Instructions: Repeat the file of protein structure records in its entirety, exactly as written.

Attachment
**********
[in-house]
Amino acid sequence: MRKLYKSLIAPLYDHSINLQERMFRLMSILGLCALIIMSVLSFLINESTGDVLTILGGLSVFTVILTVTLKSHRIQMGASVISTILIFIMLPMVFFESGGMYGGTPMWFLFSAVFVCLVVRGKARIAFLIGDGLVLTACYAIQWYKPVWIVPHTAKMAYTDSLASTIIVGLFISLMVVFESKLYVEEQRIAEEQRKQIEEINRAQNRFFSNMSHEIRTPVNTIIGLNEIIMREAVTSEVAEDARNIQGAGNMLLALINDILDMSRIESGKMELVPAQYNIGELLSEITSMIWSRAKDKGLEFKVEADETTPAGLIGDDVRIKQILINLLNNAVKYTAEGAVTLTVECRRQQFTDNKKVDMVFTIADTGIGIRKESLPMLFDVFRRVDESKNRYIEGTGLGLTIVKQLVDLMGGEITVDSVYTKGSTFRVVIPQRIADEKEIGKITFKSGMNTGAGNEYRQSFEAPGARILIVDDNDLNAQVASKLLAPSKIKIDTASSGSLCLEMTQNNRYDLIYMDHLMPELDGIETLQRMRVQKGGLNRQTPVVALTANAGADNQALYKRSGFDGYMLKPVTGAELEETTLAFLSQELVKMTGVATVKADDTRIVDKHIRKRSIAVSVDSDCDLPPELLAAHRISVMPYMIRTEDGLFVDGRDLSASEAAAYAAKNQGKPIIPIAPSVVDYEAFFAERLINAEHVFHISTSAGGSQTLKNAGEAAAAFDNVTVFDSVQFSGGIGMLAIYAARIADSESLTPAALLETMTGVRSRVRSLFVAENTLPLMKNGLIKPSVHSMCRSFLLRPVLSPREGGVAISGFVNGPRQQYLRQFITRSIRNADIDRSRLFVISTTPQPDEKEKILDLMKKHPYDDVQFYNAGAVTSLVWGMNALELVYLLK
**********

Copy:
[in-house]
Amino acid sequence: MRKLYKSLIAPLYDHSINLQERMFRLMSILGLCALIIMSVLSFLINESTGDVLTILGGLSVFTVILTVTLKSHRIQMGASVISTILIFIMLPMVFFESGGMYGGTPMWFLFSAVFVCLVVRGKARIAFLIGDGLVLTACYAIQWYKPVWIVPHTAKMAYTDSLASTIIVGLFISLMVVFESKLYVEEQRIAEEQRKQIEEINRAQNRFFSNMSHEIRTPVNTIIGLNEIIMREAVTSEVAEDARNIQGAGNMLLALINDILDMSRIESGKMELVPAQYNIGELLSEITSMIWSRAKDKGLEFKVEADETTPAGLIGDDVRIKQILINLLNNAVKYTAEGAVTLTVECRRQQFTDNKKVDMVFTIADTGIGIRKESLPMLFDVFRRVDESKNRYIEGTGLGLTIVKQLVDLMGGEITVDSVYTKGSTFRVVIPQRIADEKEIGKITFKSGMNTGAGNEYRQSFEAPGARILIVDDNDLNAQVASKLLAPSKIKIDTASSGSLCLEMTQNNRYDLIYMDHLMPELDGIETLQRMRVQKGGLNRQTPVVALTANAGADNQALYKRSGFDGYMLKPVTGAELEETTLAFLSQELVKMTGVATVKADDTRIVDKHIRKRSIAVSVDSDCDLPPELLAAHRISVMPYMIRTEDGLFVDGRDLSASEAAAYAAKNQGKPIIPIAPSVVDYEAFFAERLINAEHVFHISTSAGGSQTLKNAGEAAAAFDNVTVFDSVQFSGGIGMLAIYAARIADSESLTPAALLETMTGVRSRVRSLFVAENTLPLMKNGLIKPSVHSMCRSFLLRPVLSPREGGVAISGFVNGPRQQYLRQFITRSIRNADIDRSRLFVISTTPQPDEKEKILDLMKKHPYDDVQFYNAGAVTSLVWGMNALELVYLLK